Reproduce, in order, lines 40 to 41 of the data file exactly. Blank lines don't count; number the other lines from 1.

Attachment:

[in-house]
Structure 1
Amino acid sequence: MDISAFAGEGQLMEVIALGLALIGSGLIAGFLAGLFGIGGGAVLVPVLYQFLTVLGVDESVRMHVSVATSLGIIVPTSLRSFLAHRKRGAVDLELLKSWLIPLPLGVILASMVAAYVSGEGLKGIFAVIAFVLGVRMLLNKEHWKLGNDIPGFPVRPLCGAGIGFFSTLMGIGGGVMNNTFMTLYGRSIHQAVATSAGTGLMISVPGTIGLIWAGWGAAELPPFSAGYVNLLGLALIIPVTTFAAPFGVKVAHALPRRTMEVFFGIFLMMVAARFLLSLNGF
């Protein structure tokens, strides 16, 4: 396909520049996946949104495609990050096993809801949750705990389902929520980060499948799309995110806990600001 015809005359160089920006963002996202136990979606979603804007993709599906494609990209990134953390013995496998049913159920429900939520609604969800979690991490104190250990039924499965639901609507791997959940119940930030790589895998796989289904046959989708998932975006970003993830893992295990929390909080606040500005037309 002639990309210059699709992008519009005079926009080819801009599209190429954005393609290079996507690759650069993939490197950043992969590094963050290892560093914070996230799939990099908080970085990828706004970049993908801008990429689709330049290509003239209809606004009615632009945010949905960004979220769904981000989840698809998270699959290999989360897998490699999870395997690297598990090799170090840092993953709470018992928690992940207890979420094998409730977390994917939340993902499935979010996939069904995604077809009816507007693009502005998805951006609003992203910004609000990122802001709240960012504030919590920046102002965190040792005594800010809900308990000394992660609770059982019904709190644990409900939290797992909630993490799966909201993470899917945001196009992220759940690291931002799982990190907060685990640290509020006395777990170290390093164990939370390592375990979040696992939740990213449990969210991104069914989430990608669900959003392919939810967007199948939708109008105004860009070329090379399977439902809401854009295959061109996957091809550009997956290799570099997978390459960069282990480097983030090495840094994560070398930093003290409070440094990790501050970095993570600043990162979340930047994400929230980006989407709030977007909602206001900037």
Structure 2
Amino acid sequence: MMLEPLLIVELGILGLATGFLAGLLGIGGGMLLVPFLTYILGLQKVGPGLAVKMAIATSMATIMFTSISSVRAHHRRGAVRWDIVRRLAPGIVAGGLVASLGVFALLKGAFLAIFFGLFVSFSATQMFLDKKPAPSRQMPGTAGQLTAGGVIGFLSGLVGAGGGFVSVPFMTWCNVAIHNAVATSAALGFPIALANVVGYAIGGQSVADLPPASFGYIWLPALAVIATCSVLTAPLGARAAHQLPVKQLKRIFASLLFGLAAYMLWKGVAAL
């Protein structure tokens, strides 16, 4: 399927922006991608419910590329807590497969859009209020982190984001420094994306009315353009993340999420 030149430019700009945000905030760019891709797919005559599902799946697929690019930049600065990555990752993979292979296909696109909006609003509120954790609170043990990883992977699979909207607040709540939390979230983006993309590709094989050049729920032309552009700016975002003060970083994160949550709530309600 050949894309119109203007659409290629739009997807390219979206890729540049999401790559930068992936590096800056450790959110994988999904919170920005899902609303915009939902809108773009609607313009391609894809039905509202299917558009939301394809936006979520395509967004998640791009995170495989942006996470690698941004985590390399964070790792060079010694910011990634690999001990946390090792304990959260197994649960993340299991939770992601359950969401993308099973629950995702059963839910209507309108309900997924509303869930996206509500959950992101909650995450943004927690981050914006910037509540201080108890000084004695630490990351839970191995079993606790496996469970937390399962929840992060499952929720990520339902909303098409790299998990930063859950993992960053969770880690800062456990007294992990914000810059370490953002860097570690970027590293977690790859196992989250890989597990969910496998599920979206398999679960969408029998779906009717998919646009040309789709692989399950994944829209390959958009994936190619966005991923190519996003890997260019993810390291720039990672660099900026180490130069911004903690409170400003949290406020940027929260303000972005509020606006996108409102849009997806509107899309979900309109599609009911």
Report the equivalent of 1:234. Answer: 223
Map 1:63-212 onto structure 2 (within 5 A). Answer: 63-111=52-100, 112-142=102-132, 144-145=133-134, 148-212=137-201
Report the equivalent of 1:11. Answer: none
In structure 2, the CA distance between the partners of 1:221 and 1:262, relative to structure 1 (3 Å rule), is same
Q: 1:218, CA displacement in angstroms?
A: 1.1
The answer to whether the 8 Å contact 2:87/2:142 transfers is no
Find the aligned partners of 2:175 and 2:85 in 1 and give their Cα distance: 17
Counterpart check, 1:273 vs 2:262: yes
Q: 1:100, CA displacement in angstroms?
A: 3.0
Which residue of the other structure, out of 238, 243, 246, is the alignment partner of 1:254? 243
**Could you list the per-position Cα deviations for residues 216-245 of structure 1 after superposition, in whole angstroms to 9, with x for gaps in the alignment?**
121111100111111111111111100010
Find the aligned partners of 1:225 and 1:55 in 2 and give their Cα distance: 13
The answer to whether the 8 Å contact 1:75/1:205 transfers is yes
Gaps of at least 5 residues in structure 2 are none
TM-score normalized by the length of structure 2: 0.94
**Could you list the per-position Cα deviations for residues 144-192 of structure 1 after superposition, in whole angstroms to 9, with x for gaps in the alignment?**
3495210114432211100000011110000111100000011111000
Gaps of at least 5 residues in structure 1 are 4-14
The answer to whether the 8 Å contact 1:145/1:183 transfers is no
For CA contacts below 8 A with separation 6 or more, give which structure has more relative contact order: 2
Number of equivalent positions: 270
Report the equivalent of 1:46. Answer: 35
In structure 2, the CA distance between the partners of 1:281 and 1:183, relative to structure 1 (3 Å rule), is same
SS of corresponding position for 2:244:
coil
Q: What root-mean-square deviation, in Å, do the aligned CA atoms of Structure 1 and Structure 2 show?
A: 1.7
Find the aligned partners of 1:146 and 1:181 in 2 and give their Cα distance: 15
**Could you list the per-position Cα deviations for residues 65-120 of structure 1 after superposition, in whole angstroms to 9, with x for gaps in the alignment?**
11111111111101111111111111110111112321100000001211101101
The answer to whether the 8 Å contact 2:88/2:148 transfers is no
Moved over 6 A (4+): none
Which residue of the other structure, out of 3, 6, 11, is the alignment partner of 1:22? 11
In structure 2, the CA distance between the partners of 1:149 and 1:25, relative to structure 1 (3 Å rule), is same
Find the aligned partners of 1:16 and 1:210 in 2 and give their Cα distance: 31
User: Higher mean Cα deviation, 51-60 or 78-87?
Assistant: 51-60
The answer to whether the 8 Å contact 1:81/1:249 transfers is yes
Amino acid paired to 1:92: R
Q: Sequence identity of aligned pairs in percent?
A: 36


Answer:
11111111111101111111111111110111112321100000001211101101
The answer to whether the 8 Å contact 2:88/2:148 transfers is no